Archive for the ‘Uncategorized’ Category

May 21, 2010

To the School of Behavioral and Social Sciences
San Francisco State University

I am writing you this letter concerning academic integrity.  The policy regarding plagiarism from the Geography 658 syllabus states:

The university has established codes concerning proper academic conduct and the consequences resulting from improper behavior.  Please be aware of these codes.  Students are responsible for knowing the SFSU regulations concerning cheating and plagiarism that are in the University bulletin. Misconduct includes, but is not limited to, cheating on exams, fabrication of reports, assignments sources, interfering with another students work or helping another student cheat.  Plagiarism is defined as copying another person’s works without appropriate acknowledgement.  This includes 1) quoting another persons’ actual
words. 2) Paraphrasing another person’s words; 3) use of another persons’ ideas, opinion or theory; or 4) borrowing of facts, statistics, or other illustrative material, unless information is common knowledge. Additionally, do not cut and paste large quotes or other people’s writing into your short writing assignments.

It is easy to affirm policy and notify students of the penalties of plagiarism and cheating in an upper division course.  Like almost every course in Geography the Department, the policy is indicated in the course syllabi.  Fortunately, the department requires all students in the major to take Geography 103 Geographic Techniques.  The course provides an overview of geographic research methods and techniques covering: library research, data acquisition, statistical analysis, and introductions into using digital tools and maps for spatial analysis.  However, introductory courses in research are not offered in other departments in the School of BSS such as International Relations, Political Science, and History.  These departments require their students to perform rigorous research and writing to complete class requirements, and each department has their desired approaches students are expected to follow. These departments will provide a similar statement for housekeeping so that students conduct proper research and avoid the pitfalls of plagiarism.  However, for many students, there has never been instruction given on how to properly abide by these rules when it comes to academic writing and research.
Plagiarism is a violation of the San Francisco State University Code of Academic Conduct which may result in a student’s suspension or dismissal from school.
Plagiarism is dishonest.  It is the theft of another person’s work misrepresented as the words and ideas of one’s own. If a student commits plagiarism, then they are cheating themselves from academic achievement by not developing or writing their own thoughts.  It is wrong to steal another’s property; an author’s original words and ideas are their property for which they are entitled to receive credit when they are used by another.  The reputation of the institution is at stake.  If SFSU is known as a school where students plagiarize, the reputation can undermine or destroy the value of a diploma.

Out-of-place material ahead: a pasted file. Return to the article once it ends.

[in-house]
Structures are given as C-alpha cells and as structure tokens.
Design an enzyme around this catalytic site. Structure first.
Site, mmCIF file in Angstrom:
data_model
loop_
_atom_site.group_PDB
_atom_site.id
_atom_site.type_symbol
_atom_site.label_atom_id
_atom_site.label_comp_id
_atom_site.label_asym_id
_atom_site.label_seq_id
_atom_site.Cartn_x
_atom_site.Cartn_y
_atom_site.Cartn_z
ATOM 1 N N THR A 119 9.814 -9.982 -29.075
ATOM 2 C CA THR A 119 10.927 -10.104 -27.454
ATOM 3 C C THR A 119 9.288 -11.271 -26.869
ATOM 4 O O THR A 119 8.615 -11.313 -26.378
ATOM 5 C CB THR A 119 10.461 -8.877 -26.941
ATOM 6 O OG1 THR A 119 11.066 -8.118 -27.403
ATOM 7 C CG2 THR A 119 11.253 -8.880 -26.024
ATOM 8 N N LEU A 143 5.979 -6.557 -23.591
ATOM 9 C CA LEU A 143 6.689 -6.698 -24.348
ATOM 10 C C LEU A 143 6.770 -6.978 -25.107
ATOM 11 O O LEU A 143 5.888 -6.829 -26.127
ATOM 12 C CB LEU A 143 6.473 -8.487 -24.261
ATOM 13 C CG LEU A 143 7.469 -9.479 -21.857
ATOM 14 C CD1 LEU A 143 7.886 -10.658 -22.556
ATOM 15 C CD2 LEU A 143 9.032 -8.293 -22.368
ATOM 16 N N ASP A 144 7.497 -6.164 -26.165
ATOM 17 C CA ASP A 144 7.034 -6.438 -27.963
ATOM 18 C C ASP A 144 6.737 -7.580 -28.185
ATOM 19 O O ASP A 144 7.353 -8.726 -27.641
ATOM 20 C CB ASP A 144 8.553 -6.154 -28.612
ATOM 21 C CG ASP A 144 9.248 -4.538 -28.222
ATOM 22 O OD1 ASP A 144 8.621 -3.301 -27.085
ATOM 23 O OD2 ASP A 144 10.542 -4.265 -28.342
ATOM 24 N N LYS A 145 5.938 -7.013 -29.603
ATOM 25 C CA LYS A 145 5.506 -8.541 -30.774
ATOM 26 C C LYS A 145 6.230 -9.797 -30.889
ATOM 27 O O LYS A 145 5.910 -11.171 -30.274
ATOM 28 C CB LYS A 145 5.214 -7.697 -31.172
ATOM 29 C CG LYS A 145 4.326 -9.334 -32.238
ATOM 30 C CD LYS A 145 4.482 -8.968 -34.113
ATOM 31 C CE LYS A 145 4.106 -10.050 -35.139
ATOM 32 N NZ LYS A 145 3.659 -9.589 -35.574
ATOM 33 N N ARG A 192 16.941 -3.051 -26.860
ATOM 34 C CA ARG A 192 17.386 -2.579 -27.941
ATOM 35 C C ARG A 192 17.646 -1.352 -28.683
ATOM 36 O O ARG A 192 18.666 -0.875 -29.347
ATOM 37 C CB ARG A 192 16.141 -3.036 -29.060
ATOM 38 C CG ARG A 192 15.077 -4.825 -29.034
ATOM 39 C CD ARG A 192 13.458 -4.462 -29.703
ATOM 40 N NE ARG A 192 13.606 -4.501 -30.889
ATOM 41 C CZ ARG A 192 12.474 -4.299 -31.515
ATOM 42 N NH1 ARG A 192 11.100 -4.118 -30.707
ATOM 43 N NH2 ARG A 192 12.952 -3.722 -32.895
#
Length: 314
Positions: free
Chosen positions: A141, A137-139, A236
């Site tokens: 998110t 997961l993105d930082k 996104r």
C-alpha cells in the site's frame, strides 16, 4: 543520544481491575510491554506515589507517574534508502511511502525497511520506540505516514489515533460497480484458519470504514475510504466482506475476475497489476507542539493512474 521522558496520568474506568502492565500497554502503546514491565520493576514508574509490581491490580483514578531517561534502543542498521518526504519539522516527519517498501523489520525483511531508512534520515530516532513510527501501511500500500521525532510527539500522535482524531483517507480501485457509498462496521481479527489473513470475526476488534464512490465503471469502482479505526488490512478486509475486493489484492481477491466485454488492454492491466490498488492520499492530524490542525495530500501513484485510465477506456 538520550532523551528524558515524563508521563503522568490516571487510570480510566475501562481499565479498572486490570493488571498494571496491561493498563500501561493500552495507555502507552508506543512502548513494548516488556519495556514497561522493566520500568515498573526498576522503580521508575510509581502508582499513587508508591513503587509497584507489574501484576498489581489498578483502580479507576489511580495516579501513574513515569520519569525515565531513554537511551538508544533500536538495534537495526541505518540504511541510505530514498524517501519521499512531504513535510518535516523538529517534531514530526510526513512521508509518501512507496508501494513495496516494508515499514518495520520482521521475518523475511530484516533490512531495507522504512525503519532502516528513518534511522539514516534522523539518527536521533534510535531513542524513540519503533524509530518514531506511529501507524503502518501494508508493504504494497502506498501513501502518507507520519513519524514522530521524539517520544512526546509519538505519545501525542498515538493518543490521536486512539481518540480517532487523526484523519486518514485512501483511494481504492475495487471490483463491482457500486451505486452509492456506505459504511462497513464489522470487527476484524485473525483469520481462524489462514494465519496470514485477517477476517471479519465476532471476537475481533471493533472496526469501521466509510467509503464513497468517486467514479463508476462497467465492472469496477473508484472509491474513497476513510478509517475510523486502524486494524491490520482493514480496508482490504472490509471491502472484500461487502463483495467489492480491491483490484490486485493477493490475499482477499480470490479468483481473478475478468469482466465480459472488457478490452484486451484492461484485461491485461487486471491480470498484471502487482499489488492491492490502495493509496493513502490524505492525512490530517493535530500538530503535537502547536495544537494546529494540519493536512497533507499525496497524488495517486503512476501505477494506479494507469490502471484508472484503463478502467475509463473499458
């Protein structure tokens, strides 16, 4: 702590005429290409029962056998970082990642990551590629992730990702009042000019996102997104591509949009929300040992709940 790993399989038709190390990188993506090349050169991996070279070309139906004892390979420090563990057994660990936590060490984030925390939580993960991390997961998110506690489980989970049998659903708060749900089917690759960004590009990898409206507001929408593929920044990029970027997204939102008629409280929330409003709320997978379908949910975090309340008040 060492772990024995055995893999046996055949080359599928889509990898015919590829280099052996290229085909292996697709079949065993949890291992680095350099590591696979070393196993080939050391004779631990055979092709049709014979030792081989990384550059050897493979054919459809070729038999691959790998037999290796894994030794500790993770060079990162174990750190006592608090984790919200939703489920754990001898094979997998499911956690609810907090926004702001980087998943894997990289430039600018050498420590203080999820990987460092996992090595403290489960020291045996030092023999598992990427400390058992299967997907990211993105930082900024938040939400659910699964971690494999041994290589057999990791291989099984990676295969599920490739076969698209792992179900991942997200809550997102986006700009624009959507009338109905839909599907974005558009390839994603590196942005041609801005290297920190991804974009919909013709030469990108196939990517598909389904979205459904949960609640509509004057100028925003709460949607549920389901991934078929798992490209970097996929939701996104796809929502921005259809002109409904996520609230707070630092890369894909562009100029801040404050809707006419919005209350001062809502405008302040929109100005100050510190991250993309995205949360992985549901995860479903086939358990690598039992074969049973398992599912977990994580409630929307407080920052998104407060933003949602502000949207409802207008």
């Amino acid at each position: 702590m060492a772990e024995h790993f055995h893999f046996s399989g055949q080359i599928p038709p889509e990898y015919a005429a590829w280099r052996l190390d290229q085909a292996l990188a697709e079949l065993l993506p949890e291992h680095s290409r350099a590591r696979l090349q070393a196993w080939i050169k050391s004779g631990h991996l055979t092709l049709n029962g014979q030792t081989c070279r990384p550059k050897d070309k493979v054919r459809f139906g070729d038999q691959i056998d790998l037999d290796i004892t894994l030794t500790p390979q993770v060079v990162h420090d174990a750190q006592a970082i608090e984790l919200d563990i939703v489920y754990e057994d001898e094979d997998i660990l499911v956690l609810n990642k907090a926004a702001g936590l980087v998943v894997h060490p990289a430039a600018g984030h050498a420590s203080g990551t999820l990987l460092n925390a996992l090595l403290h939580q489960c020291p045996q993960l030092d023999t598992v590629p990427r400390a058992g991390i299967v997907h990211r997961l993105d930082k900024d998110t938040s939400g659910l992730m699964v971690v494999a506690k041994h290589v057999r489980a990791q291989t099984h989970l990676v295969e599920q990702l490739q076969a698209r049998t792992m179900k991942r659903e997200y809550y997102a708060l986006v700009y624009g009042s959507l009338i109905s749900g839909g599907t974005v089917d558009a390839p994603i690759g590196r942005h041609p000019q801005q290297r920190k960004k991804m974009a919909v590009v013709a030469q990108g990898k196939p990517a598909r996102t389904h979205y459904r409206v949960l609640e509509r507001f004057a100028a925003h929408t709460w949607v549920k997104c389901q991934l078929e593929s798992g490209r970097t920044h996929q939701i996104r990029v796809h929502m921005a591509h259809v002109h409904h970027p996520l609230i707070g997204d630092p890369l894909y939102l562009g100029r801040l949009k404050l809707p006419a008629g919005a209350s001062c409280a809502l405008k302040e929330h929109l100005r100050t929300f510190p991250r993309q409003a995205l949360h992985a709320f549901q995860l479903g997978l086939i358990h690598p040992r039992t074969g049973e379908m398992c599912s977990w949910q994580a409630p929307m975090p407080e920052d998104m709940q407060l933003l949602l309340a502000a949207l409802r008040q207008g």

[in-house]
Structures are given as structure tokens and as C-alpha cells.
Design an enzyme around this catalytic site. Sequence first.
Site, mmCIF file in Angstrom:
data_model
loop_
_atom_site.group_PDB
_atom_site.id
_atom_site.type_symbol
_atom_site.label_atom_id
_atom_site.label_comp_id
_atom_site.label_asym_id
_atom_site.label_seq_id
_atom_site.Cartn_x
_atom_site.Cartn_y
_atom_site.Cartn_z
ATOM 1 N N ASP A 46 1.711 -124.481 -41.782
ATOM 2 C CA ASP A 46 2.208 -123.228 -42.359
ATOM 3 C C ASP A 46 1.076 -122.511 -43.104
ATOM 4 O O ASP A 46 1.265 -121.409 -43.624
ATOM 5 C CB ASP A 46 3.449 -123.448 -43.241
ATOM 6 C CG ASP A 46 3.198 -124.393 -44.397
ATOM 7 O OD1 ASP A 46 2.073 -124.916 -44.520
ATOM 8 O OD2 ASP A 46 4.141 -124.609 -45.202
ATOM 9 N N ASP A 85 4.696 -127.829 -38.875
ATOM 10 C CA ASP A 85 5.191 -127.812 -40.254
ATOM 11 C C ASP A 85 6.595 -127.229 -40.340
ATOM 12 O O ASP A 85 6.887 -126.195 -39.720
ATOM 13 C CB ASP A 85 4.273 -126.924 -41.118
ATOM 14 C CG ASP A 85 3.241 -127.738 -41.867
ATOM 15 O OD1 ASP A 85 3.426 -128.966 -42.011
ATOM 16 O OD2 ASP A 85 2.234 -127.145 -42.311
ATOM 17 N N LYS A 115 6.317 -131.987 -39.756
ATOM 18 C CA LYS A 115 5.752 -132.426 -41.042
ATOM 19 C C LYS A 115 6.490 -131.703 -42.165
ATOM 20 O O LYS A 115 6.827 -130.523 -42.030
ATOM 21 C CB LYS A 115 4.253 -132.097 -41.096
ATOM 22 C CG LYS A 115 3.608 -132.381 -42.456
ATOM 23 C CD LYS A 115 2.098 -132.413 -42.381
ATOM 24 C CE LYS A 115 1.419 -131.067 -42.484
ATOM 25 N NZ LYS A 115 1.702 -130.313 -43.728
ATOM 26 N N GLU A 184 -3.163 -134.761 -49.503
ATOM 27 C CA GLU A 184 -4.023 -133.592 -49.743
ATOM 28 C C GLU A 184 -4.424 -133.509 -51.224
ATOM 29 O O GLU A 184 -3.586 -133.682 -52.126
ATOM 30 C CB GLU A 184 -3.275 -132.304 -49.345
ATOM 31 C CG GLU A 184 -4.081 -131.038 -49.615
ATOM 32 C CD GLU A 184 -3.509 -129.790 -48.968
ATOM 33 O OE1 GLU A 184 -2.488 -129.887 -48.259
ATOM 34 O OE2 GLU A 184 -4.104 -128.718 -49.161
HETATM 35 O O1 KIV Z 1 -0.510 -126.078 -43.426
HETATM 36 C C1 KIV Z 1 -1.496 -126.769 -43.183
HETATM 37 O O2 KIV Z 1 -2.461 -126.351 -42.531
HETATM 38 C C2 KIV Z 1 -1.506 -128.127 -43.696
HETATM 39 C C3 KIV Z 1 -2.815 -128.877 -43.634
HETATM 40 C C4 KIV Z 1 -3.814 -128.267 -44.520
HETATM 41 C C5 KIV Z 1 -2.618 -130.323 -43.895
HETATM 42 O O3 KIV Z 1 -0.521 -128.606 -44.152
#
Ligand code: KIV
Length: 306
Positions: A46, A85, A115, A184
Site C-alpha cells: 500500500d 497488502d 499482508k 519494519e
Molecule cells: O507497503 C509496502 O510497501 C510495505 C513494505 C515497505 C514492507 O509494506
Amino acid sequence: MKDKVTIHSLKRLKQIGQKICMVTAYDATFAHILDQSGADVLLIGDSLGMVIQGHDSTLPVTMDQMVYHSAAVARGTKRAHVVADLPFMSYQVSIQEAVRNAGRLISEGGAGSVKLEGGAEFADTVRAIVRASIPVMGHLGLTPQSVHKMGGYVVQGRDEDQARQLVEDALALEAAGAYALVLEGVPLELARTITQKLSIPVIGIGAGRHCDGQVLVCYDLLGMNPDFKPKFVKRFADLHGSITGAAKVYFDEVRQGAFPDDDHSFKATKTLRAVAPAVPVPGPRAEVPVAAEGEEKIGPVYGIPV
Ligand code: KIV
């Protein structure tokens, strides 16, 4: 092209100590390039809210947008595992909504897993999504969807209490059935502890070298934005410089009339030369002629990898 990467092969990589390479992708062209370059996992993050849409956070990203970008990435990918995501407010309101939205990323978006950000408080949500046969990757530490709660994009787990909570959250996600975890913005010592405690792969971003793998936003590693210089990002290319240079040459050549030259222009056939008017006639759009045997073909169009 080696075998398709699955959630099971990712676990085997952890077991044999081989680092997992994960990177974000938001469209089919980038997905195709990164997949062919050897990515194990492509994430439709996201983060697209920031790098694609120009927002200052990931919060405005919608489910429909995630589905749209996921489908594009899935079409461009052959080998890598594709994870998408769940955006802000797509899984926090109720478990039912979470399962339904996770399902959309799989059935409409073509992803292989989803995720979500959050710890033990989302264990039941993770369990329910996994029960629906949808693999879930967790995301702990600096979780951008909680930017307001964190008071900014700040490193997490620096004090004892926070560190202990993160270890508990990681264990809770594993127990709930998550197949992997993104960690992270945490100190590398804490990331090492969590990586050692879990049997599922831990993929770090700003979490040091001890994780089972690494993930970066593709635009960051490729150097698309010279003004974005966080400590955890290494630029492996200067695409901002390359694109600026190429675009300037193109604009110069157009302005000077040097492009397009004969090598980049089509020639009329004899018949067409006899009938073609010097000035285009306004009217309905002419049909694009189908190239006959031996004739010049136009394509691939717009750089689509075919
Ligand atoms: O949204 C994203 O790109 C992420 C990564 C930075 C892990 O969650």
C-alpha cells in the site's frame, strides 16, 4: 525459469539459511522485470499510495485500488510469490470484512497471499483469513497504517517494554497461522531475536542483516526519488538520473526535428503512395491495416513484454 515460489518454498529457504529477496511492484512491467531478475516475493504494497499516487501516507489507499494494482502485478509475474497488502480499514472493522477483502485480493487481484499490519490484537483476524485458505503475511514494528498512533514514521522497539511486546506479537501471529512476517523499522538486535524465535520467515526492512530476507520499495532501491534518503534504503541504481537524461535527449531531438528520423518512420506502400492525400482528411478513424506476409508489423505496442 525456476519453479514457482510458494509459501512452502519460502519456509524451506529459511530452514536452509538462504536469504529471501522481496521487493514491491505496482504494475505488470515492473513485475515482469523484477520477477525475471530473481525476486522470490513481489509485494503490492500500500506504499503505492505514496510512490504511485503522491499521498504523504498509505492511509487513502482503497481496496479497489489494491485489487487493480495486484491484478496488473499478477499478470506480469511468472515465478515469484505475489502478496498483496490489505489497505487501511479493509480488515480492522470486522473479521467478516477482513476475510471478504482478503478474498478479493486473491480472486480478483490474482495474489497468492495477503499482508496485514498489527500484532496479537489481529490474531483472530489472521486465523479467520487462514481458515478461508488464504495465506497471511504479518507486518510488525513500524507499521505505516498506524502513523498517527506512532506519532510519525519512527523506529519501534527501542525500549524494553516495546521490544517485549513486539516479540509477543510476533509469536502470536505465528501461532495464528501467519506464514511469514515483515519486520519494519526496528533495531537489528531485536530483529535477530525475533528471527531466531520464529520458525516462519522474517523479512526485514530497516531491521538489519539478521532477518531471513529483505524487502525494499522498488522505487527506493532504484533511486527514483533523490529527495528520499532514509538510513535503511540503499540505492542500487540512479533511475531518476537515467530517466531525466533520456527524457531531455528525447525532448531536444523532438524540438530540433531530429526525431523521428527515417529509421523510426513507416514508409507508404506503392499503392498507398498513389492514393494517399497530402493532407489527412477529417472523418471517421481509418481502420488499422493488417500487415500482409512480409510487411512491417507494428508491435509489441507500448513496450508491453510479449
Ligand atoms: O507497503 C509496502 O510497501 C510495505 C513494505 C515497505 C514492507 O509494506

It is in the School of Behavioral Social Science to provide introductory courses to new students in their discipline.  A course dedicated to research methods and academic writing will give students a guideline on how to progress their analytical skills and writing above the standards expected of them.  It is important for departments to prepare their students in the discipline for the sake of maintaining academic conversations and expanding the reputation of the School. It is also important for departments to guide students to have conversations with a peer or a professor to establish ideas on given texts, that students cite at the appropriate point in their writing.  The idea of citations may raise some alarm among students.  With the help of introductory courses in writing and research, academic standards can be established by departments and proper research conduct can be taught to students.
The point is students should receive preparation to meet the academic standards for their majors. If you plagiarize, then you fail the assignment and the course. If you are guilty, then you risk being placed on academic probation registering for a number of semesters on your transcript. If a student already on probation is caught plagiarizing, then they are usually asked to leave the University.
     I understand that in the intellectual community of San Francisco State University, plagiarism is stealing.  There are only but a few more serious breaches of intellectual community.  Plagiarism is certainly the exception, not the norm in the Geography Department. I simply want to emphasize in this note precisely that plagiarism is a very serious violation of this University.  To avoid penalties of the worst variety, let the School of Behavioral Social Science provide the overview of research and writing that will progress academic conversations and expand the reputation of the School.


Kom Siksamat

San Francisco State University

Department of Geography and Human Environmental Studies


Remarks on Bartholomae

February 28, 2010